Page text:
Thursday, November 17, 2005

THROUGH 0200Z November 18, 2005

Arizona and New Mexico:
   Several fires scattered across Arizona and New Mexico are producing
   light to moderate smoke plumes extending primarily southward.
   A fire located northeast of Payson in the Coconino National Forest is
   responsible for a smoke plume which has spread into the northeastern
   part of the Phoenix metropolitan area.  A fire located just north
   of the Grand Canyon National Park Airport is producing a plume that
   extends southward and thus spreads across the region near the Airport.
   A fire in east central Apache County of Arizona, near the New Mexico
   border, is producing a narrow plume that extends southward and is
   nearing Interstate 40.  A fire located 20 to 25 miles west of Los
   Alamos, New Mexico is producing a plume that extends toward the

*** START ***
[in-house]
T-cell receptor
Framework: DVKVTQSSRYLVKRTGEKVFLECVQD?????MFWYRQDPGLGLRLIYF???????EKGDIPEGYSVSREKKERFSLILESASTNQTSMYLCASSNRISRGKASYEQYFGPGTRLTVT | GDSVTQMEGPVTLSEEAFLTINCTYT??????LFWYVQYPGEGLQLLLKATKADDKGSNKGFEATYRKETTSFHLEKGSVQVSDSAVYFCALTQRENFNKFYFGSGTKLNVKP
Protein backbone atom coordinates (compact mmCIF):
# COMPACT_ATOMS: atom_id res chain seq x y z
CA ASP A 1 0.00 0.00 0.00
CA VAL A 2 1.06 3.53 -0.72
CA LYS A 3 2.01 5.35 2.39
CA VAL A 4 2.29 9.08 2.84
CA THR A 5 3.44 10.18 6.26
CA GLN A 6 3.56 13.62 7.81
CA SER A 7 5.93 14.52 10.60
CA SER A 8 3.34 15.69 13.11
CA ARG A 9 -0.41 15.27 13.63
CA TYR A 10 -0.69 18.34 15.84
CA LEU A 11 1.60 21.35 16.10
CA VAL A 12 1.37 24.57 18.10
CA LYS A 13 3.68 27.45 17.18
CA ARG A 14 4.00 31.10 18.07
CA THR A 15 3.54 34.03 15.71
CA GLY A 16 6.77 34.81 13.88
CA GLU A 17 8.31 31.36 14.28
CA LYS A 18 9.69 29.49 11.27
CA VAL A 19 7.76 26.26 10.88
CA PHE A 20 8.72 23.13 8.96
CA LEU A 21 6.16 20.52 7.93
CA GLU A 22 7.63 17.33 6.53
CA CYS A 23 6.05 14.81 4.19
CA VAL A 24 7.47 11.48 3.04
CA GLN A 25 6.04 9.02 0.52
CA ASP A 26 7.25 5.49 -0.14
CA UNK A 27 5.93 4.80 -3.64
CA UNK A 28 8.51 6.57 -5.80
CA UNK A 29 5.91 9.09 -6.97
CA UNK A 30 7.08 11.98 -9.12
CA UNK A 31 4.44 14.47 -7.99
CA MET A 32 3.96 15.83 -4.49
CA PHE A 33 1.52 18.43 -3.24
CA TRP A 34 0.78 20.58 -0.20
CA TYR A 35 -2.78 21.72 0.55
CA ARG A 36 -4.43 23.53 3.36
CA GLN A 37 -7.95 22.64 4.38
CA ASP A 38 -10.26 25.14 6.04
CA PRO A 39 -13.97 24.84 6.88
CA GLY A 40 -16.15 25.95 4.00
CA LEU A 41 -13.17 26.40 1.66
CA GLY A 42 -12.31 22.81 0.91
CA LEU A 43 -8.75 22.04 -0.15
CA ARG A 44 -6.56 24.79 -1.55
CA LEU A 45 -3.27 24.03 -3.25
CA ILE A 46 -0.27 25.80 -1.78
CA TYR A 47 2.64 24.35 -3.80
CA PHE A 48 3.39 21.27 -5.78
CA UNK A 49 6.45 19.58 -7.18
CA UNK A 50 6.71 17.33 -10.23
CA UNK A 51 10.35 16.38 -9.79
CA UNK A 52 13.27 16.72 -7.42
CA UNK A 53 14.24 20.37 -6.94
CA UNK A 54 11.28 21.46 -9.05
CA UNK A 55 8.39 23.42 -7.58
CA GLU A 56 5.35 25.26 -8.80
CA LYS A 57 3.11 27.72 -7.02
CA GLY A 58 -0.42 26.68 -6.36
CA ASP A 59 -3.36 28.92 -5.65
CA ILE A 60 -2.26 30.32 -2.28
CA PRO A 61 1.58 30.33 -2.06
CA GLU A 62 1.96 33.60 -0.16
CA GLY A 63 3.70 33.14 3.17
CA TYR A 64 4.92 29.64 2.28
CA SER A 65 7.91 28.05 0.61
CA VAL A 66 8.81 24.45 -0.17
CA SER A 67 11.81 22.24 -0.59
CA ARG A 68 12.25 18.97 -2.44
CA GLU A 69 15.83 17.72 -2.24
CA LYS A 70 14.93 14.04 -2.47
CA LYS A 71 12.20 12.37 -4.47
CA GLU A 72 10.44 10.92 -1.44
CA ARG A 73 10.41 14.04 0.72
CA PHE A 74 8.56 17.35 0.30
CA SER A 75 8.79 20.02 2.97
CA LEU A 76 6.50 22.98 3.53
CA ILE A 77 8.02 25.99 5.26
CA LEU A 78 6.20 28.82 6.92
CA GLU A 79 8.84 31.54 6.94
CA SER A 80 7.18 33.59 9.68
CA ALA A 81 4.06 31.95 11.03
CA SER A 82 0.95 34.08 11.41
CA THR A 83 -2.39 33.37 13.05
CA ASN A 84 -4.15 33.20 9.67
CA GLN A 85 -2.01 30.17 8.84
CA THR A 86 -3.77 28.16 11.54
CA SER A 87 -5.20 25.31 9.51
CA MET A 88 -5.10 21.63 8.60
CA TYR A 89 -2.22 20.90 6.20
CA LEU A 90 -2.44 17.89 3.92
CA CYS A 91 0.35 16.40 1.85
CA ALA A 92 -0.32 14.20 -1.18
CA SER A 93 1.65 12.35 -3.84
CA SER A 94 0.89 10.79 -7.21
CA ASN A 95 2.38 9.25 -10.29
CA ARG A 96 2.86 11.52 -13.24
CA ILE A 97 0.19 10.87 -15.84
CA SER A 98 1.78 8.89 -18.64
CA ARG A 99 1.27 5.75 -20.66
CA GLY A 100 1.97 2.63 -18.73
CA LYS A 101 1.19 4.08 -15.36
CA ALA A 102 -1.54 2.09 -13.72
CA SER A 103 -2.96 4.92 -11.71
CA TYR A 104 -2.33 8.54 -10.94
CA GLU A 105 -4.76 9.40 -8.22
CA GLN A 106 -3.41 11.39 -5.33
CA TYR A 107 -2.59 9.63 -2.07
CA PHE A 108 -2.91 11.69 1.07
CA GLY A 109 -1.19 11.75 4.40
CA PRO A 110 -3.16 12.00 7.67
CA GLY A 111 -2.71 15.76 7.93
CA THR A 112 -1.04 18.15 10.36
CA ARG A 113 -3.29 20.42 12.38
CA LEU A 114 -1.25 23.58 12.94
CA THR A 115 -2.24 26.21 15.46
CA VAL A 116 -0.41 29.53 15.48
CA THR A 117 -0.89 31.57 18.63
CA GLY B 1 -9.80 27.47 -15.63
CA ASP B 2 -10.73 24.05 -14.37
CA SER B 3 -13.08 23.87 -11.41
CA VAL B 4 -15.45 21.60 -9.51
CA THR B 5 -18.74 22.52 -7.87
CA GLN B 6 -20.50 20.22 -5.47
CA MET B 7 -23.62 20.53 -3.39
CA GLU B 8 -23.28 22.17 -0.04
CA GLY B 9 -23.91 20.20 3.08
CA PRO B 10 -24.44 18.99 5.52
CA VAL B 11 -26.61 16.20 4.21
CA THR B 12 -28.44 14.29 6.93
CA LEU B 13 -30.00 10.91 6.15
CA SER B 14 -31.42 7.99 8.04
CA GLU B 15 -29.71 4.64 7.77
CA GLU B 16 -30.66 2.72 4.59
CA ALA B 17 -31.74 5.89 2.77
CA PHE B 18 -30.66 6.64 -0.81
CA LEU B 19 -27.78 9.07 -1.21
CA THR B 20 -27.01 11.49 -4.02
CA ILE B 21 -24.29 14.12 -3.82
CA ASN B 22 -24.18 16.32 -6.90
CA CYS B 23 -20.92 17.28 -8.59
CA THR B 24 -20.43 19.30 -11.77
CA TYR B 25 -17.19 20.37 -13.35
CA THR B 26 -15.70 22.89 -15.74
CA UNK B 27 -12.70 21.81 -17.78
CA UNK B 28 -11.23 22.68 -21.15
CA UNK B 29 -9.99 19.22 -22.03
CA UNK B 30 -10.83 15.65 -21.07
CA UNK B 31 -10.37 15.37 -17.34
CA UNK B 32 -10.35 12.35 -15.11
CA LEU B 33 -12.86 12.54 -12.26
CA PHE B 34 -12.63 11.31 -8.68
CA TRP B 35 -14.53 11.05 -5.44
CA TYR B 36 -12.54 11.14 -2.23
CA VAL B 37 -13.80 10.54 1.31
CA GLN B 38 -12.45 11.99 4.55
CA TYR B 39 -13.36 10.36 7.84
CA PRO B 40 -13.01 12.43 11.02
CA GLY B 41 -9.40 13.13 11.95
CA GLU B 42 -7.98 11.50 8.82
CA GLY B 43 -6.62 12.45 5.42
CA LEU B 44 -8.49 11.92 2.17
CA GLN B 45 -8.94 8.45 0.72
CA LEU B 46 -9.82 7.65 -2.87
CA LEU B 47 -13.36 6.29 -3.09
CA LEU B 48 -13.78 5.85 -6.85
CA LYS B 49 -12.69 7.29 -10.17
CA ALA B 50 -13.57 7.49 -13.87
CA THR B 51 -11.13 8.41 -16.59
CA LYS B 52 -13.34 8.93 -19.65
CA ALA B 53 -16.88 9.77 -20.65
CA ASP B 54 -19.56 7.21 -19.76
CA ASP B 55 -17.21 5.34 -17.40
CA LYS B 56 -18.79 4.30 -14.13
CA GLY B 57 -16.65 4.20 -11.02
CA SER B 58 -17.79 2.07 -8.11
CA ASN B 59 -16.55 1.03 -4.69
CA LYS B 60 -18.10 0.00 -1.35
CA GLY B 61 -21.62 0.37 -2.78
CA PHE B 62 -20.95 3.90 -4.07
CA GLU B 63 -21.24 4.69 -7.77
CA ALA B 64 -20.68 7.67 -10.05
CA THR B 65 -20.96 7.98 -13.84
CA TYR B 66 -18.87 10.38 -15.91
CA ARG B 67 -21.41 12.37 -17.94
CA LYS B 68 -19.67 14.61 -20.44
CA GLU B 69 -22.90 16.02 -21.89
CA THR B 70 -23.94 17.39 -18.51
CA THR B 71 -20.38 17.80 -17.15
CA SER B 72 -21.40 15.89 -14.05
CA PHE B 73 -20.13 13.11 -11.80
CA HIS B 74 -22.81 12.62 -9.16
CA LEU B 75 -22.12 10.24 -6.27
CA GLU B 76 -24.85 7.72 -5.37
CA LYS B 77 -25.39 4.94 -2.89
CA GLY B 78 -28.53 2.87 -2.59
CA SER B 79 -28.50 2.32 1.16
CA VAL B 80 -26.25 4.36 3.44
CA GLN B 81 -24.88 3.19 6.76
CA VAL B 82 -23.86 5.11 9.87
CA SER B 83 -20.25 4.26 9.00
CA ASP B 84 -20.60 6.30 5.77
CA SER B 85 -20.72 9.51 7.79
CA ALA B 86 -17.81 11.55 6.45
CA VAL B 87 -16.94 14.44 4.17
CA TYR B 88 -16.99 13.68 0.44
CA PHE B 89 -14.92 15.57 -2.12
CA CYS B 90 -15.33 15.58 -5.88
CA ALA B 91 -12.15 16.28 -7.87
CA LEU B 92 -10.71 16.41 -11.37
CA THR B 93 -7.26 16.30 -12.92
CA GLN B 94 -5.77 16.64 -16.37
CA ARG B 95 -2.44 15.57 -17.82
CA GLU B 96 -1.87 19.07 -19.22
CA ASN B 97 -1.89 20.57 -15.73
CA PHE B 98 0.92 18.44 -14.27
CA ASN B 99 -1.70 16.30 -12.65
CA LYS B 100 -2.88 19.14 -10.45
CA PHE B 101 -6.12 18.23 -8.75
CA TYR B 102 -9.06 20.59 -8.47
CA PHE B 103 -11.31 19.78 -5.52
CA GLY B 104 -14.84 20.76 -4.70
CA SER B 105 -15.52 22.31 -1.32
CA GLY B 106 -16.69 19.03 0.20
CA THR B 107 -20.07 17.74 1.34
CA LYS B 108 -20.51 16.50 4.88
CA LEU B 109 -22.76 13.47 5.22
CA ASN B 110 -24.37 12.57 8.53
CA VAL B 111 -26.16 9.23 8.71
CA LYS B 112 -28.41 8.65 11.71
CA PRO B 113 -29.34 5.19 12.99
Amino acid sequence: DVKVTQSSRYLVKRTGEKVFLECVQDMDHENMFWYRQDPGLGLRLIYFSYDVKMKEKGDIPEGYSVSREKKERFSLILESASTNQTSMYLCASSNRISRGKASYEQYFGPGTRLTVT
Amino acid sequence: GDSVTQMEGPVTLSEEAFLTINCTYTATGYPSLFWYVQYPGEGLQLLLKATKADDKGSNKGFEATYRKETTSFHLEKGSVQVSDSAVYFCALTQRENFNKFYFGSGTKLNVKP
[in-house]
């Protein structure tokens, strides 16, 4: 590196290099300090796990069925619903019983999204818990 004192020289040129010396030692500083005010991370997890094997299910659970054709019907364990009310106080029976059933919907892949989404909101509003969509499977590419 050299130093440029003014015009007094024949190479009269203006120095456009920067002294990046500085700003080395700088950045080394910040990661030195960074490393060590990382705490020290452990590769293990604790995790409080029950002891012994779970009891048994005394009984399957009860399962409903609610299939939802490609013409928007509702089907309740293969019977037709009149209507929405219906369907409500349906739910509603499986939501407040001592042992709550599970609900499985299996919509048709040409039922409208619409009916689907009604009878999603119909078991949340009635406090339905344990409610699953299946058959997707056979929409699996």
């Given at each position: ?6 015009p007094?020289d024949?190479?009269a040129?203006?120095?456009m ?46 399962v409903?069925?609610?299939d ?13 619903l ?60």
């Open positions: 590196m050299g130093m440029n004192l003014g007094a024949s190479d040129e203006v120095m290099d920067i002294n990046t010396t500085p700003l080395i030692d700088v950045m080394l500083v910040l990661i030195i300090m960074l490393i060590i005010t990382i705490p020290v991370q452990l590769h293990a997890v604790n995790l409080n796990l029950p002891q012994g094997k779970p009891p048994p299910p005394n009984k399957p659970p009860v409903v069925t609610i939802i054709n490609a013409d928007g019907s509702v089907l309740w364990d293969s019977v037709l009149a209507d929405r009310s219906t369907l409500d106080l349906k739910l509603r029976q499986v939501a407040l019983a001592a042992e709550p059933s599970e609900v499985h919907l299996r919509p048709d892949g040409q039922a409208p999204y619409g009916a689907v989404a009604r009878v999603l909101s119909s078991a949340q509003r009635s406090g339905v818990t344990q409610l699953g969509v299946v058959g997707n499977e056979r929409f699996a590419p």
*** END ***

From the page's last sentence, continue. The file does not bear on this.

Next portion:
south southeast.

Louisiana, Mississippi, eastern Texas and southern Arkansas:
   Several fires in southeastern Louisiana are producing long, moderately
   dense smoke plumes that extend toward the southwest and end over the
   Gulf of Mexico. Additional fires that are producing long moderately
   dense smoke plumes are in Red River and Natchitoches Counties in
   Louisiana, Jasper and Wayne Counties in Mississippi, Ouachita and
   Hot Springs Counties in Arkansas, and Cass, Marion, Panola, and
   Jefferson Counties in Texas and near the border of Matagorda and
   Brazoria Counties in Texas.

   Five fires in east central Oklahoma are producing moderately dense
   smoke plumes that extend northward approaching the Tulsa area.
   A fire near the southern border of Love and Marshall Counties near
   the Red River is also producing a moderately dense smoke plumes that
   extends northward.

Northwestern Baja California, Mexico:
   A fire near the coast is producing a large area of moderately dense
   smoke over the Pacific Ocean.


Unless otherwise indicated:
  • Areas of smoke are analyzed using GOES-EAST and GOES-WEST Visible satellite imagery.
  • Only a general description of areas of smoke or significant smoke plumes will be analyzed.
  • A quantitative assessment of the density/amount of particulate or the vertical distribution is not included.
  • Widespread cloudiness may prevent the detection of smoke even from significant fires.